Across China, more than 3,700 hotels and dormitories and 1,270 shops and restaurants have been created in former bomb shelters, according to an article in Beijing Youth Weekly last year. In Beijing, a youth hostel has been established in a bomb shelter below Wangfujing, the glitziest shopping street in the city. An estimated 20,000 workers are employed in businesses in former bomb shelters in Beijing alone.
posted by orange swan
on Nov 28, 2002 -
China. Abandons Communism.
May be about to lose its shirt.
While everybody on the pink side of Ebenezer Scrooge is pissing and moaning about the state of America, here's one American who thinks the state of the Middle Kingdom is at least equally interesting (as in ancient Chinese curse, "May you live in interesting times.")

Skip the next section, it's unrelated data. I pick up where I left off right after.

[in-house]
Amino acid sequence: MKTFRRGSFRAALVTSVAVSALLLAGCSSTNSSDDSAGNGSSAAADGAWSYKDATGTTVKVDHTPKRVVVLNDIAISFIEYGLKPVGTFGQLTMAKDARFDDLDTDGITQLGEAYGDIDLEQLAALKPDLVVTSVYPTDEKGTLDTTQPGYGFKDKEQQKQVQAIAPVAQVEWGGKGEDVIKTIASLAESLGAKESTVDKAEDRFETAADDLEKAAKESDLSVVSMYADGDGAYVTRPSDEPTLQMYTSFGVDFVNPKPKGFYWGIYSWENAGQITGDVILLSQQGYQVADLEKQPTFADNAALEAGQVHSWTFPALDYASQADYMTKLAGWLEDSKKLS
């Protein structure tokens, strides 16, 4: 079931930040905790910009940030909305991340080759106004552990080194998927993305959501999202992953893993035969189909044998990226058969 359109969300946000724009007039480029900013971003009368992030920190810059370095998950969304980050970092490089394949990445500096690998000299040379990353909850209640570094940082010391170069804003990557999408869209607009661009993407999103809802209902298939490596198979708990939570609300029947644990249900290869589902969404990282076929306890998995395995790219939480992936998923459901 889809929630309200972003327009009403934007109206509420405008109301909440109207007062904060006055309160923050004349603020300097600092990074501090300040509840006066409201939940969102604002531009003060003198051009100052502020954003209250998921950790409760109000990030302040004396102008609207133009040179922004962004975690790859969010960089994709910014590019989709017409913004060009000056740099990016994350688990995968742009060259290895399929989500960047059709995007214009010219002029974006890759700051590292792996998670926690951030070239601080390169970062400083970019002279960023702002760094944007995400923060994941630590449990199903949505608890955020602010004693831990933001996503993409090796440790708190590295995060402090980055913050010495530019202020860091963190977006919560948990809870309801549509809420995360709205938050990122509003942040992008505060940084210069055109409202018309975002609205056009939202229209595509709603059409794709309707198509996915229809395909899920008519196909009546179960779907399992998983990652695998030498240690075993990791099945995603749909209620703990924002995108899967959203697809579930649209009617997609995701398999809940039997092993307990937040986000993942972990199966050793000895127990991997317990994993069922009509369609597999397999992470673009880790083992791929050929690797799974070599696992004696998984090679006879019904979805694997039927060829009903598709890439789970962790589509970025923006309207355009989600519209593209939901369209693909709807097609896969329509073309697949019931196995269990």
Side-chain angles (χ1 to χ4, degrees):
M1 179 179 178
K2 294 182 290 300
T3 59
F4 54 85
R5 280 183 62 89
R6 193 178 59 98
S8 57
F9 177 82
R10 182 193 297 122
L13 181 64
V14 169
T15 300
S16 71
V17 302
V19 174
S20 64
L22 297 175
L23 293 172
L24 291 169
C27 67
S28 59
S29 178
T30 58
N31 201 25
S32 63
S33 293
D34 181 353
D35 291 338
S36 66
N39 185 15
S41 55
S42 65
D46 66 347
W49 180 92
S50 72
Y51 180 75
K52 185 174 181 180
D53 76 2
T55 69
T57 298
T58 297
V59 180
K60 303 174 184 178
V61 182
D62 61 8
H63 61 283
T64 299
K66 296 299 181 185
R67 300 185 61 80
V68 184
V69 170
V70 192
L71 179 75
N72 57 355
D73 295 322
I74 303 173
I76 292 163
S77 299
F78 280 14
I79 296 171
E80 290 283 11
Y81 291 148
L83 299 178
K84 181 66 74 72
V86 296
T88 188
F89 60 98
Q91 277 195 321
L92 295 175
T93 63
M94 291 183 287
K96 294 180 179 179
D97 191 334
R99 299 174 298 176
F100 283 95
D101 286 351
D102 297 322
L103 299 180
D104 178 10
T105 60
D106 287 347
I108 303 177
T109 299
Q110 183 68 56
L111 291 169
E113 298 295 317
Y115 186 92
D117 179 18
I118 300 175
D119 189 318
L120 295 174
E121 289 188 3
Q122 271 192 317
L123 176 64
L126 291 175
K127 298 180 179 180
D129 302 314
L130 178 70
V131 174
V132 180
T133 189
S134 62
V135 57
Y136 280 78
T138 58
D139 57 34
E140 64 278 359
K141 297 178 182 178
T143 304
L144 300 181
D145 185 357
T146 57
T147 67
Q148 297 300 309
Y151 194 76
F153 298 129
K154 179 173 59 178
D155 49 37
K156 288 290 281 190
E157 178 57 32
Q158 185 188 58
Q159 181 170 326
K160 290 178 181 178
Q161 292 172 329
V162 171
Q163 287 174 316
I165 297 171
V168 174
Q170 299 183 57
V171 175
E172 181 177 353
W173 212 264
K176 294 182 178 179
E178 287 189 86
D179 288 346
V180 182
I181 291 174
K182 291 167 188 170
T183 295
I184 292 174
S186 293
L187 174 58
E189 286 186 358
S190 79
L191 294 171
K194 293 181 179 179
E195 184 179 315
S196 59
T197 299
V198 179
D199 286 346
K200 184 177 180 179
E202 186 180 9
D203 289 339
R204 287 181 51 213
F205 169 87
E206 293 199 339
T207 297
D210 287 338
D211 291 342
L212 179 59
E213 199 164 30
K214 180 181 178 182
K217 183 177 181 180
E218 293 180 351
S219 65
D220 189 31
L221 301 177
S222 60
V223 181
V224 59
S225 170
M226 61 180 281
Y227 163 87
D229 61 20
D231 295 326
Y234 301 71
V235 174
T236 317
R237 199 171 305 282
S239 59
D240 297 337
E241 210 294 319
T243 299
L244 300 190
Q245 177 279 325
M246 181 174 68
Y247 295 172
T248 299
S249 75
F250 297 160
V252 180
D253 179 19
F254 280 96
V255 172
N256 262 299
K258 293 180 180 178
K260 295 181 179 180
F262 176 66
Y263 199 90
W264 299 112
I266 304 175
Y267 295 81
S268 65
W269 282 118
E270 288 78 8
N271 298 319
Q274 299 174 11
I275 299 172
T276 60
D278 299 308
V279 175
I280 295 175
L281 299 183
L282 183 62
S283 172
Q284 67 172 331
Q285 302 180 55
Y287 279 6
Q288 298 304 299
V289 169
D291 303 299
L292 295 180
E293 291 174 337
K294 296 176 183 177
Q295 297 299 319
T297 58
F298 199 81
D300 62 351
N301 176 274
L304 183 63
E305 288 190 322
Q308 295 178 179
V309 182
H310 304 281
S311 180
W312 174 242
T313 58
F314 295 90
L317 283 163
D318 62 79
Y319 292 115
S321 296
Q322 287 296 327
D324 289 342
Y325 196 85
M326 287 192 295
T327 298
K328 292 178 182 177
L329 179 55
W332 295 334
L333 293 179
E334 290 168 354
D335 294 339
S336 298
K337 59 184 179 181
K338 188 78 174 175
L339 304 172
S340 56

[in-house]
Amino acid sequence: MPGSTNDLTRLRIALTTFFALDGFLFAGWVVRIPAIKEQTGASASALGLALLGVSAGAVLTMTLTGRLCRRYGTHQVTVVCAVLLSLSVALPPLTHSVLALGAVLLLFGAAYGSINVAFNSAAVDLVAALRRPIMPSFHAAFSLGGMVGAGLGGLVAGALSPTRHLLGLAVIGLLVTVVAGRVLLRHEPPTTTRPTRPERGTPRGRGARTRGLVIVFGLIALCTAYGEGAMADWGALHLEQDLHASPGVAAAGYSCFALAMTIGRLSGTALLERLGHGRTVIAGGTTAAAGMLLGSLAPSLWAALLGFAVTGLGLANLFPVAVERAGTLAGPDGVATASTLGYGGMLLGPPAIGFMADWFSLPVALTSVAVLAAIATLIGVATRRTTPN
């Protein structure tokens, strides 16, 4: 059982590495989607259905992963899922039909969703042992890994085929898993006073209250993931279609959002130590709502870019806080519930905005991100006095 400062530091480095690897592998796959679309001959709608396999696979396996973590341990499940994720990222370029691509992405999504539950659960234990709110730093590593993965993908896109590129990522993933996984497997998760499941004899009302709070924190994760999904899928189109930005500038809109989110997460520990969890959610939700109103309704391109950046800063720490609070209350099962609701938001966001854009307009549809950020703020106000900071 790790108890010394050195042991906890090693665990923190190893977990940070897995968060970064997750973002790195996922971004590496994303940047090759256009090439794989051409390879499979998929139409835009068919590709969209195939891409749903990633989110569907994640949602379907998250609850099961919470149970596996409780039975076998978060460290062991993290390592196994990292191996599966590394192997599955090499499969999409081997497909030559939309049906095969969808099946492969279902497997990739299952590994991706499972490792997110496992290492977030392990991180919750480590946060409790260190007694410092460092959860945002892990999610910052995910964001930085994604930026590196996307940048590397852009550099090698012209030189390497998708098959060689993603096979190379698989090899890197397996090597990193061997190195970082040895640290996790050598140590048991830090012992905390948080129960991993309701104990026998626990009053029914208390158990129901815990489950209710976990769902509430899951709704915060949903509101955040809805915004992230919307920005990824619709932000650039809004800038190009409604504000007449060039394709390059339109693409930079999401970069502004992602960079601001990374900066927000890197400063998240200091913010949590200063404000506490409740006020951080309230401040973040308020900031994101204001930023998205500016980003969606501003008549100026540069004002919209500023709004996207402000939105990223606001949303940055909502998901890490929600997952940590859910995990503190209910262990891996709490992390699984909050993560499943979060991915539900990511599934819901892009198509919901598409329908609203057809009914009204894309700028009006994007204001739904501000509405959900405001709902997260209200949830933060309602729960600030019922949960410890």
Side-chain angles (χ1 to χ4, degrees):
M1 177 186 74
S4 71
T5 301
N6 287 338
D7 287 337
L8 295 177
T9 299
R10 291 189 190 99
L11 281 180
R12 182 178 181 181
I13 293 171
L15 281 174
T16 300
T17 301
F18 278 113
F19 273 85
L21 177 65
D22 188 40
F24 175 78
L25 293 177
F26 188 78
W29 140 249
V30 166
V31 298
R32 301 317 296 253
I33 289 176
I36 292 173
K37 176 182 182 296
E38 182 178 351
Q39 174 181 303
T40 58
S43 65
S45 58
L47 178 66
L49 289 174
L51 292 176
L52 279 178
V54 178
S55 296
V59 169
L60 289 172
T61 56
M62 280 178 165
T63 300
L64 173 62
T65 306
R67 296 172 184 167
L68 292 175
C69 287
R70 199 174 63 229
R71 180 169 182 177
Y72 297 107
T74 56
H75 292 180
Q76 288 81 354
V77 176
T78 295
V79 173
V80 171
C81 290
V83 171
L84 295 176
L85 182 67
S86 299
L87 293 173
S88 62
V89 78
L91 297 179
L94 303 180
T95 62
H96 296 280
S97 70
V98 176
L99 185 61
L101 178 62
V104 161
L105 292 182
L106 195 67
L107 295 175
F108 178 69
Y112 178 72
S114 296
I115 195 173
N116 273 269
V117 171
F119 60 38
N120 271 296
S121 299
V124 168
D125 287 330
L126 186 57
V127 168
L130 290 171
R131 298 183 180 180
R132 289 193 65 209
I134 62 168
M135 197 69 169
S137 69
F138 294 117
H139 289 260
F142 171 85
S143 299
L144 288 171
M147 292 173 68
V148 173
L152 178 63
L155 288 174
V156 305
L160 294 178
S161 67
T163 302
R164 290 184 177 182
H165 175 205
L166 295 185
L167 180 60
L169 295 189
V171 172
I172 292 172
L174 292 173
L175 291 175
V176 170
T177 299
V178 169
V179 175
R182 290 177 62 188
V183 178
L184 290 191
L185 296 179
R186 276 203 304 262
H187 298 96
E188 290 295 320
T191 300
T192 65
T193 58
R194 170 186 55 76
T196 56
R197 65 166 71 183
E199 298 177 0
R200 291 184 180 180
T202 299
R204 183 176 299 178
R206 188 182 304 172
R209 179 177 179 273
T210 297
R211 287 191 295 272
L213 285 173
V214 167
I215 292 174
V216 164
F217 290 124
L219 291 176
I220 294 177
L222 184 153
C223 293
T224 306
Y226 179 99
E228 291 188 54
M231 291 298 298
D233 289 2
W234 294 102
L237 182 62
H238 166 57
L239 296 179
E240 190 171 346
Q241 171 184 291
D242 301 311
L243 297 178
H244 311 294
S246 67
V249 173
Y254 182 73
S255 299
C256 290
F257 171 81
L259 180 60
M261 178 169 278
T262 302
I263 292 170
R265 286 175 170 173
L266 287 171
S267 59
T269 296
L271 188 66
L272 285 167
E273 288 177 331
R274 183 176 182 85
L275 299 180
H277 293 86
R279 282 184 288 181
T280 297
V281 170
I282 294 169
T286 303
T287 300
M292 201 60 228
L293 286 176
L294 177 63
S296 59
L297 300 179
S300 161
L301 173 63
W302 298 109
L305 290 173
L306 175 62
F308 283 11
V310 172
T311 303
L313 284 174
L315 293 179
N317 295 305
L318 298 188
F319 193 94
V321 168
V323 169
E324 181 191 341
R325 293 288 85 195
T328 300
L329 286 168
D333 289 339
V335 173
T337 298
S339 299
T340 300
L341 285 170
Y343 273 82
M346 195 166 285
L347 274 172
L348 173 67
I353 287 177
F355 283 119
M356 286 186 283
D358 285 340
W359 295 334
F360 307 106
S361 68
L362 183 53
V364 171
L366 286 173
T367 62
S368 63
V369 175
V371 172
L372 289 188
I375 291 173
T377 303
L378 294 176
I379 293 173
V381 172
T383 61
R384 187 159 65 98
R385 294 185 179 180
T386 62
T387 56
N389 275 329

posted by jfuller
on Nov 12, 2002 -
Am I the only one who doesn't think this
is news? This story also showed up here
a few days ago. (more inside)
posted by kate_fairfax
on Nov 4, 2002 -
Tales from the Land of Dragons.
100 years of Chinese paintings. From the overview
:- 'In China, painting is one of the "Three Perfections," linked with calligraphy and poetry as the most refined of artistic endeavors. This exhibition ... focuses on the years in which the great traditions of Chinese painting were established, during the Tang, Song, and Yuan dynasties ... '
posted by plep
on Nov 3, 2002 -
Why 'sustainable development' is neither.